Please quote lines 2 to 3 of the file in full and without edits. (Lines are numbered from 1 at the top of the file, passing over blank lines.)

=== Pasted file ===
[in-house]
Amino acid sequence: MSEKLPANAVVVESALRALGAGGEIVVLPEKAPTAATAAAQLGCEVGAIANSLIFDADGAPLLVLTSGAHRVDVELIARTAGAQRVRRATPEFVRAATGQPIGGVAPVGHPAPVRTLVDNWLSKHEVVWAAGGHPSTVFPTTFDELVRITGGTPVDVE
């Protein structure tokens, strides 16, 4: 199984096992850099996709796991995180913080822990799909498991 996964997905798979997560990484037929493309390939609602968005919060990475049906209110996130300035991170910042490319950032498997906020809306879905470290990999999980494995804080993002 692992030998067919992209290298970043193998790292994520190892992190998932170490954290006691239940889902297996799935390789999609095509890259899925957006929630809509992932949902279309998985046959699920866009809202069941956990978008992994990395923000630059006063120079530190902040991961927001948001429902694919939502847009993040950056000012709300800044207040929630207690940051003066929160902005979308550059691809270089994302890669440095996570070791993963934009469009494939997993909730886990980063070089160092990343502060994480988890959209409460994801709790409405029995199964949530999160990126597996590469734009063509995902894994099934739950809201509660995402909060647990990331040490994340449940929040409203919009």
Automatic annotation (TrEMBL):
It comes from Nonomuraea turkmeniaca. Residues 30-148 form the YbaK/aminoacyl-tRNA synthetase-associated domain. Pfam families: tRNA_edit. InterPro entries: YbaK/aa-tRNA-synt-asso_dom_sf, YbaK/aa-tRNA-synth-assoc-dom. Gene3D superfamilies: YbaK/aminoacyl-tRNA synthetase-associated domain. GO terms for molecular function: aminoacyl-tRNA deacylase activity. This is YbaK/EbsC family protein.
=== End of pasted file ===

Amino acid sequence: MSEKLPANAVVVESALRALGAGGEIVVLPEKAPTAATAAAQLGCEVGAIANSLIFDADGAPLLVLTSGAHRVDVELIARTAGAQRVRRATPEFVRAATGQPIGGVAPVGHPAPVRTLVDNWLSKHEVVWAAGGHPSTVFPTTFDELVRITGGTPVDVE
């Protein structure tokens, strides 16, 4: 199984096992850099996709796991995180913080822990799909498991 996964997905798979997560990484037929493309390939609602968005919060990475049906209110996130300035991170910042490319950032498997906020809306879905470290990999999980494995804080993002 692992030998067919992209290298970043193998790292994520190892992190998932170490954290006691239940889902297996799935390789999609095509890259899925957006929630809509992932949902279309998985046959699920866009809202069941956990978008992994990395923000630059006063120079530190902040991961927001948001429902694919939502847009993040950056000012709300800044207040929630207690940051003066929160902005979308550059691809270089994302890669440095996570070791993963934009469009494939997993909730886990980063070089160092990343502060994480988890959209409460994801709790409405029995199964949530999160990126597996590469734009063509995902894994099934739950809201509660995402909060647990990331040490994340449940929040409203919009």